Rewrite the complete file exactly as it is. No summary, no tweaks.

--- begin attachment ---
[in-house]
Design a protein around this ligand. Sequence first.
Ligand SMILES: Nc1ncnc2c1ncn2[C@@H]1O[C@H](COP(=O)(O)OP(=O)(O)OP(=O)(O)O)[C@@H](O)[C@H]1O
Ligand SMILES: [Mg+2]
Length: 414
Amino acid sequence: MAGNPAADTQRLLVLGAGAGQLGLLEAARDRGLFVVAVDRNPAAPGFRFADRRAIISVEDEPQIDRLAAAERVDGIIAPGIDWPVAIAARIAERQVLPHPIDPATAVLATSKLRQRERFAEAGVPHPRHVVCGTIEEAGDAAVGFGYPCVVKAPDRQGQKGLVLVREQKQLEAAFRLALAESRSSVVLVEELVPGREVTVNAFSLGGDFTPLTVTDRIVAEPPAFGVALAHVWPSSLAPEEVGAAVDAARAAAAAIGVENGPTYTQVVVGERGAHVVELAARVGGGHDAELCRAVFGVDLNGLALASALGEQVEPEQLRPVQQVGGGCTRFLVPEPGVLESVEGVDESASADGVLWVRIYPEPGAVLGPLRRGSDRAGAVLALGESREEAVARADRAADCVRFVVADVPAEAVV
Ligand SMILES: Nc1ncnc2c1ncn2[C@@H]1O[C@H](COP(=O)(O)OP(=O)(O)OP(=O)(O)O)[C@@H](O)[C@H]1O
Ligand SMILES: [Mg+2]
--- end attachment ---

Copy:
[in-house]
Design a protein around this ligand. Sequence first.
Ligand SMILES: Nc1ncnc2c1ncn2[C@@H]1O[C@H](COP(=O)(O)OP(=O)(O)OP(=O)(O)O)[C@@H](O)[C@H]1O
Ligand SMILES: [Mg+2]
Length: 414
Amino acid sequence: MAGNPAADTQRLLVLGAGAGQLGLLEAARDRGLFVVAVDRNPAAPGFRFADRRAIISVEDEPQIDRLAAAERVDGIIAPGIDWPVAIAARIAERQVLPHPIDPATAVLATSKLRQRERFAEAGVPHPRHVVCGTIEEAGDAAVGFGYPCVVKAPDRQGQKGLVLVREQKQLEAAFRLALAESRSSVVLVEELVPGREVTVNAFSLGGDFTPLTVTDRIVAEPPAFGVALAHVWPSSLAPEEVGAAVDAARAAAAAIGVENGPTYTQVVVGERGAHVVELAARVGGGHDAELCRAVFGVDLNGLALASALGEQVEPEQLRPVQQVGGGCTRFLVPEPGVLESVEGVDESASADGVLWVRIYPEPGAVLGPLRRGSDRAGAVLALGESREEAVARADRAADCVRFVVADVPAEAVV
Ligand SMILES: Nc1ncnc2c1ncn2[C@@H]1O[C@H](COP(=O)(O)OP(=O)(O)OP(=O)(O)O)[C@@H](O)[C@H]1O
Ligand SMILES: [Mg+2]